The deep sea swells along the North Drop were rolling gently as Captain Joseph "Spike" Herbert aboard Caribbean Soul trolled for blue marlin. It was a few minutes after noon on a clear July 8, l980 day. Captain Spike's mate, Vincente Oquendo, had just gone inside the cabin to make a sandwich. Charter client and first time angler, Herbert Willog, was out on deck casually watching the sea. Then all of a sudden - snap, wheeeeeeeez.
The line spun off Willog's reel, as a fish took the lure and ran with it. Quickly, Oquendo got Willog in the fighting chair and strapped a harness around his waist. From his position 12-feet above the boat's main deck, Captain Spike had a clear view of the line running from Willog's bent rod and saw an angry, thrashing marlin at the other end. Suddenly the fish jumped. Oquendo, who had thrown his sandwich overboard in the excitement, knew that they had at least a 500-pound blue marlin on the line. As soon as Willog had secured the hook in the fish's mouth, Captain Spike backed down hard, spraying both angler and crew with seawater. Wet and grinning, adrenalin surging through his veins, Willog hurriedly took up the slack and the fight was on.
One hour, then two hours passed. Valiantly struggling with all its might, the marlin leaped awesomely out of the sea several times. From the boat's bridge, Captain Spike's clear vision told him that they had hooked up a `big daddy' blue marlin, perhaps a new world record. Finally, three and a half hours later, Willog had his surrendering marlin at the boat. Oquendo swiftly went into action, grabbing the wire as soon as the swivel touched the rod tip and positioned the fish to be gaffed.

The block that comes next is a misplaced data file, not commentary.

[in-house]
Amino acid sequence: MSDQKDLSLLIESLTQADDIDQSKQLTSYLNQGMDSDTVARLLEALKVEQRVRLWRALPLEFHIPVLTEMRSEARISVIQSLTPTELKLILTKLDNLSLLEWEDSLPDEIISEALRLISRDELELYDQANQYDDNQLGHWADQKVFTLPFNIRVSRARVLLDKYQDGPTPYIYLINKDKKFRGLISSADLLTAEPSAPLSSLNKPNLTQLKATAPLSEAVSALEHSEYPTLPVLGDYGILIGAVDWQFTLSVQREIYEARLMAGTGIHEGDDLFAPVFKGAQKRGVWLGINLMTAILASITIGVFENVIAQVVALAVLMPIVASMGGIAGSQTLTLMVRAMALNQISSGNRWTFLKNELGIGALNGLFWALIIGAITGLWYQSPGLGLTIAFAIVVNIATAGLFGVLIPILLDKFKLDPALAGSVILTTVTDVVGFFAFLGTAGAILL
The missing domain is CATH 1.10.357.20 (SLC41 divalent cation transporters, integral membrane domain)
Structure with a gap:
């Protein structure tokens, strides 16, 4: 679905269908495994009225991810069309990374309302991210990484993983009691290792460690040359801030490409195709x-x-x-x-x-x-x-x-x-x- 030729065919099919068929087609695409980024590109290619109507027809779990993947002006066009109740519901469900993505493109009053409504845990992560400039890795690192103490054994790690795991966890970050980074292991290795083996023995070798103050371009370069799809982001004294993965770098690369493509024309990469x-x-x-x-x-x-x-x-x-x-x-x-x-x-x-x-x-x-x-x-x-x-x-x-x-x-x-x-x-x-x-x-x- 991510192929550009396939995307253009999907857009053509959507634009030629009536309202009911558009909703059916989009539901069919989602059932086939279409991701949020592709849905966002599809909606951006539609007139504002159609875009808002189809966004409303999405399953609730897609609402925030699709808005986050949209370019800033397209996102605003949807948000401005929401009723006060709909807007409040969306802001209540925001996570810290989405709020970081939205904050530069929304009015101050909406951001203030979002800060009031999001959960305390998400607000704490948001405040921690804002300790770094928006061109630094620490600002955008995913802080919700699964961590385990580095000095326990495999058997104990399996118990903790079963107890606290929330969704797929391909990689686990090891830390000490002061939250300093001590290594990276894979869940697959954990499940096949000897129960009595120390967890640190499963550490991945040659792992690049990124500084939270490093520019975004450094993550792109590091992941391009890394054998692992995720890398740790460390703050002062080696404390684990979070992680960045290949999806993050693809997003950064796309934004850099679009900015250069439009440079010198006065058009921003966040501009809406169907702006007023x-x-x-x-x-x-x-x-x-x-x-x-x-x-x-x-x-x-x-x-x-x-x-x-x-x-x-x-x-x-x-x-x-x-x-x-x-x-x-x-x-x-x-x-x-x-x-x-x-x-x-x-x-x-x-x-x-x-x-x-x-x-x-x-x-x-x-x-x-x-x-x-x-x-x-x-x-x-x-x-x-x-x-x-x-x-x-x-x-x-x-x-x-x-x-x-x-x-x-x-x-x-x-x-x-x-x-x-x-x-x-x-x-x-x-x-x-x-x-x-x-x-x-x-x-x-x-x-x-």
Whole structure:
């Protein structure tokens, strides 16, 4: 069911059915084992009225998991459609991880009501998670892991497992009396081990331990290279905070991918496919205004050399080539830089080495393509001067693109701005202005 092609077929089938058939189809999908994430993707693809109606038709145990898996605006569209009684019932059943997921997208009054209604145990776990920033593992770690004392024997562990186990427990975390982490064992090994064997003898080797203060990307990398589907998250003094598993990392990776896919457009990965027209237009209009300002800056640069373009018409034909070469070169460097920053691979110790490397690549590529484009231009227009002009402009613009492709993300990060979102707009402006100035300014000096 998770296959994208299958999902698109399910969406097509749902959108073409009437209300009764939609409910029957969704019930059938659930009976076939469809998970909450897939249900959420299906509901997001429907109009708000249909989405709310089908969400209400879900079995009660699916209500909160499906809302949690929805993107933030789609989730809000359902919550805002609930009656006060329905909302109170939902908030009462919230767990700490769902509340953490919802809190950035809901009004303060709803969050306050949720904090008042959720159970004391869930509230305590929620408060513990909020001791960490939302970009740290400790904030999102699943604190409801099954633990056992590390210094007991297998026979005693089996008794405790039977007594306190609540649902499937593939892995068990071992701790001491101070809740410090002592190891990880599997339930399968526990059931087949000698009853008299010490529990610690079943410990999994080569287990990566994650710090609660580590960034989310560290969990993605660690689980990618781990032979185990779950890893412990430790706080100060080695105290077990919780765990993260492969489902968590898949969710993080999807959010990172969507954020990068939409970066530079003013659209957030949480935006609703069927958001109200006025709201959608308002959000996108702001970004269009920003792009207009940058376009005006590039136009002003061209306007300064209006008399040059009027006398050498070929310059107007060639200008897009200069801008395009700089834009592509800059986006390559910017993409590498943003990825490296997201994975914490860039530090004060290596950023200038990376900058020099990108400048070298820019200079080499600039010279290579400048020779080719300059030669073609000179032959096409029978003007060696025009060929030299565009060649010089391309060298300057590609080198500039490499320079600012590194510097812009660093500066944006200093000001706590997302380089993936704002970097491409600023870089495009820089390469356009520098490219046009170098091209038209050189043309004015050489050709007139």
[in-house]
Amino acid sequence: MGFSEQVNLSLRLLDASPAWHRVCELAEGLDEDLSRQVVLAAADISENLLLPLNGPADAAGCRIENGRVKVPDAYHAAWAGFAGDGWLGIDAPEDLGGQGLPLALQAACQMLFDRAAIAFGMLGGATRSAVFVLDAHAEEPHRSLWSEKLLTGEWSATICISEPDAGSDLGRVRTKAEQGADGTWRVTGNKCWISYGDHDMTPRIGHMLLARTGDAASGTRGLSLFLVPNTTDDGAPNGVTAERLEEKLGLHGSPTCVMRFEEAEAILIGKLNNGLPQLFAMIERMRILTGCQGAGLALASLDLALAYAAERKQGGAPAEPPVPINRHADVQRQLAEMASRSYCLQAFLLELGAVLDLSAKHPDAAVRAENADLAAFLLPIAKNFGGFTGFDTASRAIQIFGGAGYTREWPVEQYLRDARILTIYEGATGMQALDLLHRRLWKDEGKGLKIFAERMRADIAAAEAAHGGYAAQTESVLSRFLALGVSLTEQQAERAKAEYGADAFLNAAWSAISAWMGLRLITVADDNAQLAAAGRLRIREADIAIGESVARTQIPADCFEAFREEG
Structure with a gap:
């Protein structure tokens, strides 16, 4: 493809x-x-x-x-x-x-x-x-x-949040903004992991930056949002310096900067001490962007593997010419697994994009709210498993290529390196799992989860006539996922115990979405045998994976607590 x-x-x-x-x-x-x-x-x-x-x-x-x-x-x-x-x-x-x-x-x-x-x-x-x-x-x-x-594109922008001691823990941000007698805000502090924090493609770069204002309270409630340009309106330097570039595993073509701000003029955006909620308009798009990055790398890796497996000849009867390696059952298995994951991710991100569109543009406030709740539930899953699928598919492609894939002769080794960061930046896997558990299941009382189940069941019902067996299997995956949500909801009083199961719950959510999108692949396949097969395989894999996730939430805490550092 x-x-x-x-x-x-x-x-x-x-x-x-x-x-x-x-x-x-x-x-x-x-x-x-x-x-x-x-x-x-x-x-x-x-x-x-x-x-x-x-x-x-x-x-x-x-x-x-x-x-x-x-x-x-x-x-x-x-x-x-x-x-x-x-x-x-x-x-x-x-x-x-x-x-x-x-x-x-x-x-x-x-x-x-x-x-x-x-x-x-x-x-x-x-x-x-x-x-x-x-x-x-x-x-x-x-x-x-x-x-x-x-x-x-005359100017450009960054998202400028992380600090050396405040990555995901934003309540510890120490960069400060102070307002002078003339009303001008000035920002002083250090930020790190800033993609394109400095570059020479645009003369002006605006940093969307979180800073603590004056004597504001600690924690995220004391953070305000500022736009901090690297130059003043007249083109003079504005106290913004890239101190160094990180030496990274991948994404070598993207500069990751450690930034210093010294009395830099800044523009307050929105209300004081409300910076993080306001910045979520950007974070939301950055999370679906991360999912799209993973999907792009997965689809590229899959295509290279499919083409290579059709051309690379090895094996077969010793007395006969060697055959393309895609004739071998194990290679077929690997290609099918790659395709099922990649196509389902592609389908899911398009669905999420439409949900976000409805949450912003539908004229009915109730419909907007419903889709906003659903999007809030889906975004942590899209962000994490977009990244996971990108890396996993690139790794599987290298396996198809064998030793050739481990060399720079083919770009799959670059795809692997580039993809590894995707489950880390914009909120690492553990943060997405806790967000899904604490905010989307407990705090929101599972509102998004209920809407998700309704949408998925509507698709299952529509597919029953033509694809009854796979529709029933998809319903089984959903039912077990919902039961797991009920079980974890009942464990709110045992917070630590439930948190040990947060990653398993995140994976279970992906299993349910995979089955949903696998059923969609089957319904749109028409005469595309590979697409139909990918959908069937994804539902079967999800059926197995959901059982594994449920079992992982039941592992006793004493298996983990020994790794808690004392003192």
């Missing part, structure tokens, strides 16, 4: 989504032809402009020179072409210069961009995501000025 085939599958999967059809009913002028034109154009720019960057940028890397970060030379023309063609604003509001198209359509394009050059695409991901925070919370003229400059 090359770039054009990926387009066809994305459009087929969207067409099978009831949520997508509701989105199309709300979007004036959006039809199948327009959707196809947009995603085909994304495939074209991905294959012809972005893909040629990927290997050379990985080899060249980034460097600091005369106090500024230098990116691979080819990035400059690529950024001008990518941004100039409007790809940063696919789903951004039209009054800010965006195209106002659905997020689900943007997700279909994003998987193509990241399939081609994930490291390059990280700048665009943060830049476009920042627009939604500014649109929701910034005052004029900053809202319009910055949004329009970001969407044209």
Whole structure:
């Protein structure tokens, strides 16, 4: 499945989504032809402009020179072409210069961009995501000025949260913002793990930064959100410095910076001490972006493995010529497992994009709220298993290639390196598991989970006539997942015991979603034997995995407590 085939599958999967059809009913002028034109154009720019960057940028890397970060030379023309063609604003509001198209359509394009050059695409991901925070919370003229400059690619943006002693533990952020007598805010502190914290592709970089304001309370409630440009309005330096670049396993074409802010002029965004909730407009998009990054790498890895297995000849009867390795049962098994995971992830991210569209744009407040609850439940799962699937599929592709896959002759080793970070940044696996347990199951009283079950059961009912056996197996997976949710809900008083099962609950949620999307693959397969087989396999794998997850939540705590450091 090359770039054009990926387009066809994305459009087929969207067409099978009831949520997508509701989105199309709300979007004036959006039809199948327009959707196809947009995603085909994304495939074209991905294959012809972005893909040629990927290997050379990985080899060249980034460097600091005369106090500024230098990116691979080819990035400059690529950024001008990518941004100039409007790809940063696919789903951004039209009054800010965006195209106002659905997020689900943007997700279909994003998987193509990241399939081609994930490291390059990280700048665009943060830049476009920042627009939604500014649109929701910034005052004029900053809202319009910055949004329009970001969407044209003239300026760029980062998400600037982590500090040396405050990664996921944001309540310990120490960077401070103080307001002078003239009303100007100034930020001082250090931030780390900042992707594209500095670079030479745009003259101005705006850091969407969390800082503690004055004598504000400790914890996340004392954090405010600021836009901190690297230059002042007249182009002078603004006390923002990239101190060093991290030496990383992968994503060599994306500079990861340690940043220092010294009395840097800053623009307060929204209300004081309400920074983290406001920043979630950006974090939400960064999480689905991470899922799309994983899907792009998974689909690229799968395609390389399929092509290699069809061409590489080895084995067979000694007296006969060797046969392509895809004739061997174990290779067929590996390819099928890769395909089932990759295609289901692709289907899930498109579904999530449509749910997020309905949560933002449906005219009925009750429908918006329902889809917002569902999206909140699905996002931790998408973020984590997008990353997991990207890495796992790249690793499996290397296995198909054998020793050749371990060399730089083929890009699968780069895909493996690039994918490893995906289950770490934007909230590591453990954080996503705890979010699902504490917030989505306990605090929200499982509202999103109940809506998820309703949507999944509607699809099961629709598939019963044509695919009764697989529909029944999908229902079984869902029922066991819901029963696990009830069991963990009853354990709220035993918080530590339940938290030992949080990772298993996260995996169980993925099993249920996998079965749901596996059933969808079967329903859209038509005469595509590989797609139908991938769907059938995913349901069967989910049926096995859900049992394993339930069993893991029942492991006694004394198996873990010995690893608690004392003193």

Knowing in advance that help would be needed, Captain Spike had already radioed for assistance to hoist this monster from the sea. "It took five guys from another boat to help us get the marlin out of the water," Captain Spike said as he recalled this spectacular catch. On the first attempt at raising the marlin out of the water, the block and tackle broke. Then, with all the men's muscle power working in unison, they got the fish into the boat. At the docks, the massive marlin was pulled up on the scales and officially weighed in at an impressive 1,192 pounds. Although this huge blue marlin was not an official record (the Atlantic Blue Marlin all tackle record is 1,403 pounds) is was the dream of a lifetime come true for Willog. For Captain Spike, it meant a place in the history books for being one of only four captains in Virgin Island waters to have handled a catch of this size.
In his 36-year sport fishing career, Captain Spike has come to know Virgin Island waters intimately. In the early 1960's, a teenage Spike used to fish off the docks on his home island of Nevis. Shortly thereafter, he began working on sport fishing boats. During the year 1966, one of the sport fishing boat owners decided to take Spike, along with the rest of his crew, up to the Virgin Islands to learn how to catch blue marlin. After returning to Nevis for just a short while, Spike came back to the Virgin Islands in 1967 to stay permanently.